Reviews for Place for Fish

Booklist Reviews 2011 April #2
Following a similar format to Stewart's other A Place for . . . titles, which have focused on butterflies, birds, and frogs, this picture-book introduction to fish combines a bi-level text with beautiful acrylic paintings that showcase endangered wildlife in their natural watery habitats. In clear, brief, basic language, Stewart shows how human activity threatens fish and what we can do to allow them to "live and grow." Longer sidebars, written with more complex vocabulary than the main body of text, spotlight particular species. A spread of "Fascinating Fish Facts" closes this attractive, informative introduction to fish and their conservation. Copyright 2011 Booklist Reviews.

Horn Book Guide Reviews 2011 Fall
Stewart's text advocates strongly for fish conservation. Each double-page spread features a particular species (e.g., northern pike), along with a threat to its environment (power plants), and a vague solution ("find other ways to make electricity"). Bond's clear, vivid acrylic illustrations contribute to a handsome presentation. "Fascinating Fish Facts"--"Most brands of lipstick contain ground-up fish scales"--are appended. Websites. Bib. Copyright 2011 Horn Book Guide Reviews.

School Library Journal Reviews 2011 March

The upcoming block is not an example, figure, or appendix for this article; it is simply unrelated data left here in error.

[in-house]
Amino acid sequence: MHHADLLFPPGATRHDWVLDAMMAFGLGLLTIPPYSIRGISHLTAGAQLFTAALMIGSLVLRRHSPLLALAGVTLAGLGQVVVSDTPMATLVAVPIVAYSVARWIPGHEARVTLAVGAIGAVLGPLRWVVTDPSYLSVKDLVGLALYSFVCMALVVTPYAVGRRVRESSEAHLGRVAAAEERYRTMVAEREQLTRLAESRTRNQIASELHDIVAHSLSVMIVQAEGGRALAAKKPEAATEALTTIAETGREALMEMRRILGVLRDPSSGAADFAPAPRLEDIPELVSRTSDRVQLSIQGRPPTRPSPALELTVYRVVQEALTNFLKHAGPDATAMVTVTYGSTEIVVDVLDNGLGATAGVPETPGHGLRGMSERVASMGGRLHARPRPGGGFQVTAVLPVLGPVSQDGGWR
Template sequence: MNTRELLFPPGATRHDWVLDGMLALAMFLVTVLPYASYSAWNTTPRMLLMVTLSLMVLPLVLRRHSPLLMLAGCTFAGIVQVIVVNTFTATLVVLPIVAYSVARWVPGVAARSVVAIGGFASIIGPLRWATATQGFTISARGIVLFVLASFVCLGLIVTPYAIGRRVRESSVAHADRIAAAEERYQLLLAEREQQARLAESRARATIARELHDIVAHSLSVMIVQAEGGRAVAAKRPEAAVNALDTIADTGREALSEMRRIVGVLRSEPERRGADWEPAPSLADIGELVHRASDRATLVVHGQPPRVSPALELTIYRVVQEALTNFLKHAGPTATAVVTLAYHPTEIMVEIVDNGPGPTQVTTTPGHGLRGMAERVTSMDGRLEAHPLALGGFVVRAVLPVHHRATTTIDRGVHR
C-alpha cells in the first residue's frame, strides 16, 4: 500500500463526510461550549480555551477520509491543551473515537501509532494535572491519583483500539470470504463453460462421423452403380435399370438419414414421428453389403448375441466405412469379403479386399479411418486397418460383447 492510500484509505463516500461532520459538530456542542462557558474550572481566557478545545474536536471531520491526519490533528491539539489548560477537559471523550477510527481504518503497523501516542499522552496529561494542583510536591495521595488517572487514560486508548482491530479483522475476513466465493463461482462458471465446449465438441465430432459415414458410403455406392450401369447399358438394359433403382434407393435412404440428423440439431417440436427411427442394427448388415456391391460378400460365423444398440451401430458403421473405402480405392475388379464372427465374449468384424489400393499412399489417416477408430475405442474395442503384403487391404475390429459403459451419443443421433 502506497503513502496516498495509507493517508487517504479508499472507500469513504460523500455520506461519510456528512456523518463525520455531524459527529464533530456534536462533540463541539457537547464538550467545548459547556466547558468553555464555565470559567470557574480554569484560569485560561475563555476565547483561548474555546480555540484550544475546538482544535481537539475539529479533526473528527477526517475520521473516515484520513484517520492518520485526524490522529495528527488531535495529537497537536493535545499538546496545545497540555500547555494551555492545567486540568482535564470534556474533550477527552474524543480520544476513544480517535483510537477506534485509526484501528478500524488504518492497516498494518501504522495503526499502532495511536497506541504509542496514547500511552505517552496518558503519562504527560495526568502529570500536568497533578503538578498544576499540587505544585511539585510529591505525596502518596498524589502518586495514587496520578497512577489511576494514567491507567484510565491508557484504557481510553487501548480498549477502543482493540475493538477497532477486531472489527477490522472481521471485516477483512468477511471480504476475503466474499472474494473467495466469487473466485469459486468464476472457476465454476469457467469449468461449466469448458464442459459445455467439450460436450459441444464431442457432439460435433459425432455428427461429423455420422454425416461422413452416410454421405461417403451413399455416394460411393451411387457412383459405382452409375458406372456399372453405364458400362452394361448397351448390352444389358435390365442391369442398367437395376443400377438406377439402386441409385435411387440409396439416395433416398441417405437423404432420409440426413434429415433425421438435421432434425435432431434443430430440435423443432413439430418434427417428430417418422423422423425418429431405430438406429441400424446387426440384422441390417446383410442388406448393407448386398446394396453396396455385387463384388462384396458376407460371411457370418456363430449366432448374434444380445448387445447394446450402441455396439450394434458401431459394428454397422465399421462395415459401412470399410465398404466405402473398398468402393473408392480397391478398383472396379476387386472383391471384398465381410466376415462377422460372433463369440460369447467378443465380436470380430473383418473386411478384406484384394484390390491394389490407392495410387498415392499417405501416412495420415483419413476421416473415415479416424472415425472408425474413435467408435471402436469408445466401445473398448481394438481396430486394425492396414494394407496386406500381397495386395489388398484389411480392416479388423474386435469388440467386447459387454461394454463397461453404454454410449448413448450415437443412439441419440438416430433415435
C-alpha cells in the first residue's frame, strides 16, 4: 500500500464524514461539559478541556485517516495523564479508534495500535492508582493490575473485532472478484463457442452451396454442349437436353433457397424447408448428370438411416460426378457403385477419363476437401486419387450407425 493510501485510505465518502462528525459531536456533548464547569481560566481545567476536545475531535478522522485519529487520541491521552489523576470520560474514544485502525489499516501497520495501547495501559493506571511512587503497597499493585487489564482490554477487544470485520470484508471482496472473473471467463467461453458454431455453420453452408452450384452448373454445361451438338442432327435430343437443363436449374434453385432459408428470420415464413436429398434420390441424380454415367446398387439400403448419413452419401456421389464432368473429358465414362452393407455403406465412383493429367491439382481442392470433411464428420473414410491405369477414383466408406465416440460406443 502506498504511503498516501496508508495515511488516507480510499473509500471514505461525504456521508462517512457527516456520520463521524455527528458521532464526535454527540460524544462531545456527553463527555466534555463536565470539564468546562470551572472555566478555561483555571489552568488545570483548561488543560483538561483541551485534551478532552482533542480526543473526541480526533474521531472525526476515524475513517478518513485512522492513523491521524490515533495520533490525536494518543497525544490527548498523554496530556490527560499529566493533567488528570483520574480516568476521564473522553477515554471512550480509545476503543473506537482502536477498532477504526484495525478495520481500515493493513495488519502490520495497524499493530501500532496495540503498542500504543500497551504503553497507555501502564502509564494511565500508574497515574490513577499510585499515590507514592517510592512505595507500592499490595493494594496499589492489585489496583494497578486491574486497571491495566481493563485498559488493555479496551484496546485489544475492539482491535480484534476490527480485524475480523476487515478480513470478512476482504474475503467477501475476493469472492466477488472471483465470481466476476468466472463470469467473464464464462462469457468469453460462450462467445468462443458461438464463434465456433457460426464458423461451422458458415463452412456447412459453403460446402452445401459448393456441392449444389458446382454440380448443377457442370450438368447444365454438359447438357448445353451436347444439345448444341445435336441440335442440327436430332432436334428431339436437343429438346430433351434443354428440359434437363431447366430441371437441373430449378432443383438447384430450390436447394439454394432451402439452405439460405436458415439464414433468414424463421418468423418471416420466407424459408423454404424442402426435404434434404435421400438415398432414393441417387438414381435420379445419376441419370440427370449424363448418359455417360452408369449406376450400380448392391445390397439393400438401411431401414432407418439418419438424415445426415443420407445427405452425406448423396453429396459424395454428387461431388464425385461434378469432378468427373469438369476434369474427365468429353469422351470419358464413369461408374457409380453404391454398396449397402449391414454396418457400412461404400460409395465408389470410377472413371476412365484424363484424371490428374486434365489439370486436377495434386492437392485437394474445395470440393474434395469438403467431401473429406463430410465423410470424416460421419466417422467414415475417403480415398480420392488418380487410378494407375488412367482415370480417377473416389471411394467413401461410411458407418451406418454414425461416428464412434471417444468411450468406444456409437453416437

K-Gr 3--Environmental threats facing fish in various habitats around the world are introduced in a picture-book, read-aloud format. Each two-page entry makes a general statement of a problem, e.g., "Some fish are so beautiful that people like to keep them as pets" and resolves it with a hopeful action statement, e.g., "When people stop catching these colorful creatures, fish can live and grow." Sidebars briefly describe a species affected by the threat and actions that can be taken to resolve it. Each entry repeats the same phrase, "fish can live and grow." The information is presented in a simple and idealistic way for young readers. The full-color illustrations on every page are very detailed, but some of the fish have humanlike eyes.--Frances E. Millhouser, formerly at Chantilly Regional Library, Fairfax County, VA

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